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Author Topic: Fixing a color cast  (Read 25983 times)

cmpentecost

  • Guest
Fixing a color cast
« on: April 21, 2008, 10:02:57 AM »
This suggestion comes from Tim Grey, who is a Photoshop Guru and he works for Microsoft.  I've been subscribing to Tim Grey's emails for a couple of years, and have learned a lot from him.  His daily emails are free, and he covers one question and answer a day.  Most of the emails pertain to Photoshop or camera questions.  His website is www.timgrey.com.  Anyway, I have yet to try this technique, so I'll be anxious to see how it works.  If someone tries it out, it would be great if you could post the before and after photos for us to see.  Here it is:

When I was at Photoshop World in Orlando I saw you present a cool technique for fixing really bad color casts in an image, but I missed part of it. Can you remind me of the steps involved?

==========

Absolutely. This techniques comes across as being pure magic (which is why I like to present it!), and it can be incredibly helpful when you have an extreme color cast. This can happen with digital captures when the color temperature is set to a wrong value, but usually this degree of color cast comes from things such as old color photos that have become faded or otherwise shifted in color with time.

The first step is to create a copy of the Background image layer by dragging that layer to the Create a New Layer button at the bottom of the Layers palette. Then you need to determine the color of the color cast so you can compensate for it. To do so, select Filter > Blur > Average from the menu. This will convert this layer to a single color that represents the average color of all pixels in the image. Of course, this is the problem color, so you need to determine the opposite of it so you can apply it as a compensation for the color cast. To determine that opposite color, select Image > Adjustments > Invert from the menu. This will convert the layer to the opposite of the average layer, which means it is the opposite of the color cast.

To apply this color to the underlying image, set the blend mode to Color using the dropdown at the top-left of the Layers palette. This blend mode will cause the layer to alter only the color of the underlying image, completely offsetting the strong color cast. The problem is, this will result in too strong an effect, with a color cast that is the opposite of the original, but much stronger. To tone things down and produce an image without a color cast, simply reduce the Opacity using the slider at the top-right of the Layers palette. Adjust the value until you have a perfectly neutral color in the image.

The final result will represent relatively accurate color, but it will probably appear a bit flat and possibly lacking saturation. To compensate for this you'll need to boost saturation (using a Hue/Saturation adjustment layer) and contrast (using Levels or Curves).


Offline kiska

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    • ob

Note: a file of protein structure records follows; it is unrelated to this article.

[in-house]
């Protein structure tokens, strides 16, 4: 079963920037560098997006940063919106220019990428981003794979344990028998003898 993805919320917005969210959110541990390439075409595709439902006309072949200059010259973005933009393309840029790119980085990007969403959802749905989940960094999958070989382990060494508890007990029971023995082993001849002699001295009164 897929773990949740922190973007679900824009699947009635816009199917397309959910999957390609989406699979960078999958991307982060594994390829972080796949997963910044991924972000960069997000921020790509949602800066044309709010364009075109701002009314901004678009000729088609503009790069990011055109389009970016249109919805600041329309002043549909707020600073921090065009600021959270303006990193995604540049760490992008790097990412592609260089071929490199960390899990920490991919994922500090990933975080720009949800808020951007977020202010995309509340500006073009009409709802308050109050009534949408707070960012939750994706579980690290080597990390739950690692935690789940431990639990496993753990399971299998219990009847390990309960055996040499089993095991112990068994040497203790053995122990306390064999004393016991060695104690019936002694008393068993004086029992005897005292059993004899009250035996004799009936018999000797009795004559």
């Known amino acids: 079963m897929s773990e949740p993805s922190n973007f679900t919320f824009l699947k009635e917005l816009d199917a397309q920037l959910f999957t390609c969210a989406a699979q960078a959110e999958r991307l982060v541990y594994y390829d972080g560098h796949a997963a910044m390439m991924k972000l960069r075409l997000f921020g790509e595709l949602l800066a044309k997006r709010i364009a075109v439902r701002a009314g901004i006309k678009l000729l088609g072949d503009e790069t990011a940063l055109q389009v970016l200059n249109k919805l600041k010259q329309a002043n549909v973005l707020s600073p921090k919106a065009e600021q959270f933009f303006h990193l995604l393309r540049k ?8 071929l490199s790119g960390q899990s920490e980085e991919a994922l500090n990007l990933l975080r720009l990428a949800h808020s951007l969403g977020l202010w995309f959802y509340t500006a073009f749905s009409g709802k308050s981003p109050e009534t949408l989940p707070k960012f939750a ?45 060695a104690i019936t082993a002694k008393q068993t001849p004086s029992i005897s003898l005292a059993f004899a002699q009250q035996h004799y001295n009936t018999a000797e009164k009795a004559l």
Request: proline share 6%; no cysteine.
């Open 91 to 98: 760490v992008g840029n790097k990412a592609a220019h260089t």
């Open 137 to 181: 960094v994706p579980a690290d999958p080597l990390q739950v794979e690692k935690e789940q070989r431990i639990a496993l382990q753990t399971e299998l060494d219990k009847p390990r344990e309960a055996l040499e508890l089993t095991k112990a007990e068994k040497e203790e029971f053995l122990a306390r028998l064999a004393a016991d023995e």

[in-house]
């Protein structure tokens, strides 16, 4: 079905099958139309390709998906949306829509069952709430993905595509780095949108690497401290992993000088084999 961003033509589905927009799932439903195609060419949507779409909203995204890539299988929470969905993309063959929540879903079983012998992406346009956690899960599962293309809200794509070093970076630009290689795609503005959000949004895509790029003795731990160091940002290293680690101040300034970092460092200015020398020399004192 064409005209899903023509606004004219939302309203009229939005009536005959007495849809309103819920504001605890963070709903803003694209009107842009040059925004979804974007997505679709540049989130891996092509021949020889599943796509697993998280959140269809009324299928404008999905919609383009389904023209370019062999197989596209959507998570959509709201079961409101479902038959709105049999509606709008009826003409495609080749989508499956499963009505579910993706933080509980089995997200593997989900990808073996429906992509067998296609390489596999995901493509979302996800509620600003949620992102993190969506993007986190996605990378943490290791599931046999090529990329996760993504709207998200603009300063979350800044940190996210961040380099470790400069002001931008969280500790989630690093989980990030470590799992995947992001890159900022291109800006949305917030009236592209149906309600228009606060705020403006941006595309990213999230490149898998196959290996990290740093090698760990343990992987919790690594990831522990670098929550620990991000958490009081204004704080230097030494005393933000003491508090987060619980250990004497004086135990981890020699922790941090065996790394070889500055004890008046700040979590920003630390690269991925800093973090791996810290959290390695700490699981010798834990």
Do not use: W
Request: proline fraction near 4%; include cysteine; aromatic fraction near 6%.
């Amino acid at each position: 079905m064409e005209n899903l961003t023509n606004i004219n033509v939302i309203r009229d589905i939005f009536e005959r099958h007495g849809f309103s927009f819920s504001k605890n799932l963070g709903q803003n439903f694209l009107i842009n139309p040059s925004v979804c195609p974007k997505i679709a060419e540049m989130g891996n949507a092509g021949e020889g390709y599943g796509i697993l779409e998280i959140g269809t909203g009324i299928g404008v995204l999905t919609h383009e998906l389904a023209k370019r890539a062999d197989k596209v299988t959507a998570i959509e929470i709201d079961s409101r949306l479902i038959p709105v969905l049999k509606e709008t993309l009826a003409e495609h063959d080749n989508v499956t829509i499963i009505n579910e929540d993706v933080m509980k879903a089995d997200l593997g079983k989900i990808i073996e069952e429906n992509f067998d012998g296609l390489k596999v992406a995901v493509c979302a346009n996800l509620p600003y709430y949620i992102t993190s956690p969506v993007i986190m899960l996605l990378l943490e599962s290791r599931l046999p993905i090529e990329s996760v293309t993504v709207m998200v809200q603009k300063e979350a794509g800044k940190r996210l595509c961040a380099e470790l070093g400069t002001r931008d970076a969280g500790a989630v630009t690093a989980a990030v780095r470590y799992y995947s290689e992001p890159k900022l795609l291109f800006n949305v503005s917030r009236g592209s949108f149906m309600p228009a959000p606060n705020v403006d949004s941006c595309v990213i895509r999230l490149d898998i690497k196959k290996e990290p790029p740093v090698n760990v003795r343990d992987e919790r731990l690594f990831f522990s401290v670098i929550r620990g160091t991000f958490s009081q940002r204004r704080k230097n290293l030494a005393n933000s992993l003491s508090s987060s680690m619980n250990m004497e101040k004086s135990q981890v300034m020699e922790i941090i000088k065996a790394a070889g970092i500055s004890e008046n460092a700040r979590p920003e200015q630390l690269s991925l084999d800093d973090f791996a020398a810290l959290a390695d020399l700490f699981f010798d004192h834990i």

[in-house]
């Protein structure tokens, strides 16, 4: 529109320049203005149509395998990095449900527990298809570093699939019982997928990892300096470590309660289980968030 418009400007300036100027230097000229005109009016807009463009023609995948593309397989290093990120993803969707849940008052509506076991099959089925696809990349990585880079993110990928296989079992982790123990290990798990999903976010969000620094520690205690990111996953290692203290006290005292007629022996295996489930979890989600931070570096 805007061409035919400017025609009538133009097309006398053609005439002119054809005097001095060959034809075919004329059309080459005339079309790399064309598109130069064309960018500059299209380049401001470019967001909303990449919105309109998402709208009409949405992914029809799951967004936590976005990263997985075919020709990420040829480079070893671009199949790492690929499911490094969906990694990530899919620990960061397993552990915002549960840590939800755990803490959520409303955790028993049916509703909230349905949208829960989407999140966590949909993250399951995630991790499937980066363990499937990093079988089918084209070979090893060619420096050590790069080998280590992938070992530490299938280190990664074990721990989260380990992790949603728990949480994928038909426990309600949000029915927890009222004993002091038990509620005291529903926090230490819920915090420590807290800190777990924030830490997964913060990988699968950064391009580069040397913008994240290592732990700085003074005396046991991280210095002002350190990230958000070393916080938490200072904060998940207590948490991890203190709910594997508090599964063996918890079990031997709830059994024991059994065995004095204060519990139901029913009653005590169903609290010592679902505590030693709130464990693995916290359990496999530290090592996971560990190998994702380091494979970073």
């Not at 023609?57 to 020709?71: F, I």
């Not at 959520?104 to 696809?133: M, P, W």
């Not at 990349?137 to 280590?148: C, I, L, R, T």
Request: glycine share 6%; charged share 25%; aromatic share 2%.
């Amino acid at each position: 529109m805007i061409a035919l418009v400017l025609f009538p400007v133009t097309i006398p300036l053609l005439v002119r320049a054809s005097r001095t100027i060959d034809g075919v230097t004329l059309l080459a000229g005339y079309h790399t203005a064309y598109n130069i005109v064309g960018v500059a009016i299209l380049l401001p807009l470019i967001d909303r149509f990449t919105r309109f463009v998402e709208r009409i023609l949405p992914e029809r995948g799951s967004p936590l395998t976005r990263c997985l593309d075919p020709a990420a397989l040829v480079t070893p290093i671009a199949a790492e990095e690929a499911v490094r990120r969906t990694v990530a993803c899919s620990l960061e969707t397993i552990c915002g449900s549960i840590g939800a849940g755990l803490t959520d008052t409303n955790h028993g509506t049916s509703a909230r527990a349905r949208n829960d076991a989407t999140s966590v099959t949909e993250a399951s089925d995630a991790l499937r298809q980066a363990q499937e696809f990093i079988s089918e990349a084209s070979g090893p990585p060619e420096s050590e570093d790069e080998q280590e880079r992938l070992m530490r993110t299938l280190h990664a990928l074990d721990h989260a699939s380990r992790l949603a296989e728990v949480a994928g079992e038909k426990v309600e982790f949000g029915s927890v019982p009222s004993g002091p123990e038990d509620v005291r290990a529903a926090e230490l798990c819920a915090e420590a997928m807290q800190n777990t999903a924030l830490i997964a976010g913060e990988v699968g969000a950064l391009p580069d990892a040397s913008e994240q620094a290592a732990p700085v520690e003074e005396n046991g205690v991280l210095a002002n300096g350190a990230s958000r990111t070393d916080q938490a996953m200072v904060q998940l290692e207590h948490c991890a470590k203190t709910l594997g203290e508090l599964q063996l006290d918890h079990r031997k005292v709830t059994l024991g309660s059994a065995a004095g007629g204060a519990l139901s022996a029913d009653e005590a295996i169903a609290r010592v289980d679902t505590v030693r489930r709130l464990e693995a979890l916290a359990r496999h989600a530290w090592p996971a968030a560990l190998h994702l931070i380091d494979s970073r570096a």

Re: Fixing a color cast
« Reply #1 on: April 21, 2008, 11:23:43 AM »
Here ya go, Missy!

kiska
Photoshop CS6, MacPro

cmpentecost

  • Guest
Re: Fixing a color cast
« Reply #2 on: April 21, 2008, 11:37:46 AM »
Wow!  Not bad!  Thanks Kiska!

Chris

Offline schen

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Re: Fixing a color cast
« Reply #3 on: April 21, 2008, 11:47:39 AM »
This method may provide a quick fix as shown in the middle frame below but is not a substitute for manual adjustments (right frame).

Windows 10, Photoshop CS6

cmpentecost

  • Guest
Re: Fixing a color cast
« Reply #4 on: April 21, 2008, 11:59:00 AM »
I found a photo amongst some of our OPR damaged photos and tried it also:



Offline kiska

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    • ob
Re: Fixing a color cast
« Reply #5 on: April 21, 2008, 12:04:50 PM »
It seems to work best on a yellow cast.
kiska
Photoshop CS6, MacPro

Offline Hannie

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Re: Fixing a color cast
« Reply #6 on: April 21, 2008, 02:46:02 PM »
Thanks for sharing this Chris!
I tried it out on several photos and it works well, sometimes the adjustments made the "conventional way come out better.  That may have to do with poor sat/contr adjustment on my side after using Tim's method.
In the examples below from left to right:
 
   original,     Tim's method,    "normal"method (levels etc.)

Hannie

 



Hannie Scheltema
Distribution Coordinator
hannie@operationphotorescue.org

mschonher

  • Guest
Re: Fixing a color cast
« Reply #7 on: April 21, 2008, 07:33:25 PM »
 Hi Chris; AKA Snow Bunny,

I used this technique for the first time today and I love it.  Thanks for posting this method, it's fast and easy.

PS  are you keeping busy shoveling the white fluffy stuff?   :P

Mary

cmpentecost

  • Guest
Re: Fixing a color cast
« Reply #8 on: April 21, 2008, 08:05:27 PM »
Hi Mary,

I'll be the first to say I am VERY ready for Spring, and perhaps I did my snow dance just a bit too hard this winter.  My daffodils started to come up and I even had one blossoming, but I checked it today, and it was lying on the ground, dead.  April is the hardest month of the year in Montana.  I love it out here May through March, but April just doesn't want to give up winter.

I'm glad this technique worked.  Definitely one to keep in a list of favorites.

Chris